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Title: Annexin-1 regulates growth arrest induced by high levels of estrogen in MCF-7 breast cancer cells
Authors: Ang, E.Z.-F.
Nguyen, H.T.
Sim, H.-L.
Putti, T.C. 
Lim, L.H.K. 
Issue Date: 1-Feb-2009
Citation: Ang, E.Z.-F., Nguyen, H.T., Sim, H.-L., Putti, T.C., Lim, L.H.K. (2009-02-01). Annexin-1 regulates growth arrest induced by high levels of estrogen in MCF-7 breast cancer cells. Molecular Cancer Research 7 (2) : 266-274. ScholarBank@NUS Repository.
Abstract: Estrogen, a naturally occurring female steroid growth hormone, has been implicated as a major risk factor for the development of breast cancer. Recent research into this disease has also correlated Annexin-1 (ANXA1), a glucocorticoid-inducible protein, with the development of breast tumorigenesis. ANXA1 is lost in many cancers, including breast cancer, and this may result in a functional promotion of tumor growth. In this study, we investigated the expression of ANXA1 in MCF-7 cells treated with estrogen and the regulation of estrogen functions by ANXA1. Exposure of MCF-7 breast cancer cells to high physiologic levels (up to 100 nmol/L) of estrogen leads to an up-regulation of ANXA1 expression partially through the activation of cyclic AMP-responsive element binding protein and dependency on activation of the estrogen receptor. In addition, treatment of MCF-7 cells with physiologic levels of estrogen (1 nmol/L) induced proliferation, whereas high pregnancy levels of estrogen (100 nmol/L) induced a growth arrest of MCF-7 cells, associated with constitutive activation of extracellular signal-regulated kinase 1/2 and up-regulation of cell cycle arrest proteins such as p21 waf/cip. Silencing of ANXA1 with specific small interfering RNA reverses the estrogen-dependent proliferation as well as growth arrest and concomitantly modulates extracellular signal-regulated kinase 1/2 phosphorylation. We confirm that ANXA1 is lost in clinical breast cancer, indicating that the antiproliferative protective function of ANXA1 against high levels of estrogen may be lost. Finally, we show that ANXA1-deficient mice exhibit faster carcinogen-induced tumor growth. Our data suggest that ANXA1 may act as a tumor suppressor gene and modulate the proliferative functions of estrogens. Copyright © 2009 American Association for Cancer Research.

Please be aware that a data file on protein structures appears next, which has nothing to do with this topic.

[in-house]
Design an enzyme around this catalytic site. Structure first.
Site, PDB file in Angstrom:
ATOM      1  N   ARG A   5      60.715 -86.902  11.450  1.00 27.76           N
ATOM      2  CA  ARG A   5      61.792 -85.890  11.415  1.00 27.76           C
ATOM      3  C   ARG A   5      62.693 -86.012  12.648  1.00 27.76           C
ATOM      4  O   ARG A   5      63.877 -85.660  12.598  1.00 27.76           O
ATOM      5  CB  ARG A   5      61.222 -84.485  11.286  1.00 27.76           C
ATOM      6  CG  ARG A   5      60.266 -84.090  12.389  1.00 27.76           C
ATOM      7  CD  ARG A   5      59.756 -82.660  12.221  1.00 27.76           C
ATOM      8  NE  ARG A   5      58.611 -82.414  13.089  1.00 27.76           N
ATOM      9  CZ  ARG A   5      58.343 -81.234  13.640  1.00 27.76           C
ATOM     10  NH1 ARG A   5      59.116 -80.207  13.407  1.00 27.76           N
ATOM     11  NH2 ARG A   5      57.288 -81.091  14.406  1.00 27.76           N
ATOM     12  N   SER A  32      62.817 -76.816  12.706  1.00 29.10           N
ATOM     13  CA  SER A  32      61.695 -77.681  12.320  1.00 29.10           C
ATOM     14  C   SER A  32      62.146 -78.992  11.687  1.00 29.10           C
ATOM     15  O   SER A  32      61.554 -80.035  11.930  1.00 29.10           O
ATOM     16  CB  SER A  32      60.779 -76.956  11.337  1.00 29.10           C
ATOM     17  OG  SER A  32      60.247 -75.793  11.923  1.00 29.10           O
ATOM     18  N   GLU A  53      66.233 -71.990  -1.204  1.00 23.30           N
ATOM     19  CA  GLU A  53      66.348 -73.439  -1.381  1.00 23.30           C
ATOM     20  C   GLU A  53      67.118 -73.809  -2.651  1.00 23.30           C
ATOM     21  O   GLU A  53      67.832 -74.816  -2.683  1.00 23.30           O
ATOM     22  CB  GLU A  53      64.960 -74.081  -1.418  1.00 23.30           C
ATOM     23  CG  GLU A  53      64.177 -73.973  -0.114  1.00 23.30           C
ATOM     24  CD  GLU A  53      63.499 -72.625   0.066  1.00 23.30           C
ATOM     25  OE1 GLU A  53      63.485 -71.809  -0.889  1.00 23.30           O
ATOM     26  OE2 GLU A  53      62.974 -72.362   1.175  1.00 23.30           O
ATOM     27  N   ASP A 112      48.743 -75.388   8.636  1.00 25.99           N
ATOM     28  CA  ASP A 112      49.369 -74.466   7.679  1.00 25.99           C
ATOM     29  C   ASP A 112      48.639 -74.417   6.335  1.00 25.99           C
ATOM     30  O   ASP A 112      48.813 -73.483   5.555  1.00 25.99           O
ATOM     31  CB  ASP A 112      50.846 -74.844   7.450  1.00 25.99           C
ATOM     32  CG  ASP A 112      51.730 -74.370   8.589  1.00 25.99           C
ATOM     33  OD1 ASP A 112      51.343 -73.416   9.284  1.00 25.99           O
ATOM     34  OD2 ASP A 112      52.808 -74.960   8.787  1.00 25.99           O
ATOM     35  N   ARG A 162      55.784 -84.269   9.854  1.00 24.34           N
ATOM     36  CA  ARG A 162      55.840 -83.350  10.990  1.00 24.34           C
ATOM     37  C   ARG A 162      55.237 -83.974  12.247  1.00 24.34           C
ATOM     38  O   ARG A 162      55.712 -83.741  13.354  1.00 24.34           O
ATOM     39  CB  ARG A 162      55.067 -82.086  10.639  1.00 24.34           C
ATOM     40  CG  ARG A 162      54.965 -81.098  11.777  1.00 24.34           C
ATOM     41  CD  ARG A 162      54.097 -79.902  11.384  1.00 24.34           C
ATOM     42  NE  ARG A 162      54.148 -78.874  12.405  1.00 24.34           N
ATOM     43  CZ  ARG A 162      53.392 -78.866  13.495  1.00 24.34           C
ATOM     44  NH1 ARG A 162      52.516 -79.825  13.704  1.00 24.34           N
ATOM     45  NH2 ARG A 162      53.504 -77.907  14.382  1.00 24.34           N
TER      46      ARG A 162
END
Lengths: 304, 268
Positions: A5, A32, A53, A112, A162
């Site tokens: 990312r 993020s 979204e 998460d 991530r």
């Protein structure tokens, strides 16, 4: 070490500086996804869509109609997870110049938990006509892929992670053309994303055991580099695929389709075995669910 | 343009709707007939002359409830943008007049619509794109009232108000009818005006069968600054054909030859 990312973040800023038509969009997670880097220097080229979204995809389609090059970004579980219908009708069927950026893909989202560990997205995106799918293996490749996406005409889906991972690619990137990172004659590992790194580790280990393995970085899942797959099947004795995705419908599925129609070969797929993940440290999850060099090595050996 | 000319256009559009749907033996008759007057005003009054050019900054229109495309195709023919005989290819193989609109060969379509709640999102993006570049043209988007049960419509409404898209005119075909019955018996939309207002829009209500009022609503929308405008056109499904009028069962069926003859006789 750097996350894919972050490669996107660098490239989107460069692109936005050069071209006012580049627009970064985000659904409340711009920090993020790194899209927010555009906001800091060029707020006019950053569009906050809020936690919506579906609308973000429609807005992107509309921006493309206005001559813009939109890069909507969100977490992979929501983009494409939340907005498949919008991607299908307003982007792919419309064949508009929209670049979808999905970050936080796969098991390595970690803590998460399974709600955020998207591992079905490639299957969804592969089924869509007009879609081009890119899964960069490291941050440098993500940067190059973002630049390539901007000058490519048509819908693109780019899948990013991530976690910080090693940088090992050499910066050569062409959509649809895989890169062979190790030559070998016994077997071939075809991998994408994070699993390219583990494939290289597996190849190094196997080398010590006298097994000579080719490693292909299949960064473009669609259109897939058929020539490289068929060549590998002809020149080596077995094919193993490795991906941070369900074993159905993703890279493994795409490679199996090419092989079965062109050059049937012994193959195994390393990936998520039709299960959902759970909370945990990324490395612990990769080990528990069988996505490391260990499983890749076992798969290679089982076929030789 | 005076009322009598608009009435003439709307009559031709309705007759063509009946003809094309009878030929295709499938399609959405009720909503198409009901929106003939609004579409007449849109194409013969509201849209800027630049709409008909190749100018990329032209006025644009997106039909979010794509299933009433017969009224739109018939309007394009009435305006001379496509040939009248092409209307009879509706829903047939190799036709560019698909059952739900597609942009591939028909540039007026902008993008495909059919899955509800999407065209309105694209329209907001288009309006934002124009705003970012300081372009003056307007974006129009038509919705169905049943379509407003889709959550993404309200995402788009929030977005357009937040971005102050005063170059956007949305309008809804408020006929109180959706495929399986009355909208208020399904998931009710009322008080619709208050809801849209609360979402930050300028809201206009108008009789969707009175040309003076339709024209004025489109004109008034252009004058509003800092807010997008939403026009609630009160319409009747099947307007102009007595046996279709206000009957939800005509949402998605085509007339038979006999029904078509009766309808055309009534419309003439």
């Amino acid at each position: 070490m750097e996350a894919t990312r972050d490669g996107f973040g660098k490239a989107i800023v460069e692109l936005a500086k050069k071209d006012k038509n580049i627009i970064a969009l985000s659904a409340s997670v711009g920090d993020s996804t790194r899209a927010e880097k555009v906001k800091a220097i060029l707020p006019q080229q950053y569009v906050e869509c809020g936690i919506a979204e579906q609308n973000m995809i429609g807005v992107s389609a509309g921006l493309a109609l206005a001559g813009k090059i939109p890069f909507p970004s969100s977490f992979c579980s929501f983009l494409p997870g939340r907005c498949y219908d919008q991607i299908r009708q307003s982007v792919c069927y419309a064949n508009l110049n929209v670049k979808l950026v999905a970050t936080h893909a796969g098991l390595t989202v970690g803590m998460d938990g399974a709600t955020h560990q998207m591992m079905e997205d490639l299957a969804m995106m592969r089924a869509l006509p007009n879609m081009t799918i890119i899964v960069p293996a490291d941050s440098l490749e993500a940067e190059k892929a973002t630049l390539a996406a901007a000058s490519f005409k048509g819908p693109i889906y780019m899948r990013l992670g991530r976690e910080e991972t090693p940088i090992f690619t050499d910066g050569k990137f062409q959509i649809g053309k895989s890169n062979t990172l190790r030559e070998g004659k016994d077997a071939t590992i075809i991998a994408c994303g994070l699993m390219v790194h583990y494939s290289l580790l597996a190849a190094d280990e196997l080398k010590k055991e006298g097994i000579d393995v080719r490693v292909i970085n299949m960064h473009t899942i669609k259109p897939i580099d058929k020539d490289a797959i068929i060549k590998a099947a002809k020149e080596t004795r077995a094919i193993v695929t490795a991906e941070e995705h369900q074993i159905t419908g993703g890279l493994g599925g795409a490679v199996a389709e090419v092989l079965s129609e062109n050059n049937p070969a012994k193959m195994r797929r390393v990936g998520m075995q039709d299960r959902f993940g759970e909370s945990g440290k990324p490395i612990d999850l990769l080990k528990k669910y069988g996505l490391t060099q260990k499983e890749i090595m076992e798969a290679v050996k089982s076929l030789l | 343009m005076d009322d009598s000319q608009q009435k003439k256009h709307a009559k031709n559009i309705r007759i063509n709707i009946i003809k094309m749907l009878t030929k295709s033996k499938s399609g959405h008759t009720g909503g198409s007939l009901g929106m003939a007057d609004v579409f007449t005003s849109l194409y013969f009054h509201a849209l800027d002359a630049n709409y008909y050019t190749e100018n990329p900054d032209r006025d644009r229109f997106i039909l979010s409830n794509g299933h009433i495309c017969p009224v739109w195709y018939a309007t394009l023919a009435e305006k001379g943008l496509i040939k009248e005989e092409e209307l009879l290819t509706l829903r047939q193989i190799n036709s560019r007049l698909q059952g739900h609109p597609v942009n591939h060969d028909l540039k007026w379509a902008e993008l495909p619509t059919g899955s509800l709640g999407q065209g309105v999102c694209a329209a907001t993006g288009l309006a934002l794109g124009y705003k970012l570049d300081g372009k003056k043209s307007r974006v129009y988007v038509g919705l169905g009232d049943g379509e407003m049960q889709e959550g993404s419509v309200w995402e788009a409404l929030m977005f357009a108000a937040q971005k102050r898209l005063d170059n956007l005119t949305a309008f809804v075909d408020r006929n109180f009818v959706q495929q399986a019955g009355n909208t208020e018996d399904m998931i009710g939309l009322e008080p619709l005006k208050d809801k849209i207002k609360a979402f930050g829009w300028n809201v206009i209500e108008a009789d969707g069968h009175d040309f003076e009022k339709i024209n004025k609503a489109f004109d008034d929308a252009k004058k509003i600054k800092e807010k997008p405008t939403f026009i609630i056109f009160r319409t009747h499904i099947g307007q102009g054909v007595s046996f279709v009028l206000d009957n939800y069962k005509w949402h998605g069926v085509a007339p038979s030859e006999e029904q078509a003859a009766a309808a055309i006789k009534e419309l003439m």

Source Title: Molecular Cancer Research
ISSN: 15417786
DOI: 10.1158/1541-7786.MCR-08-0147
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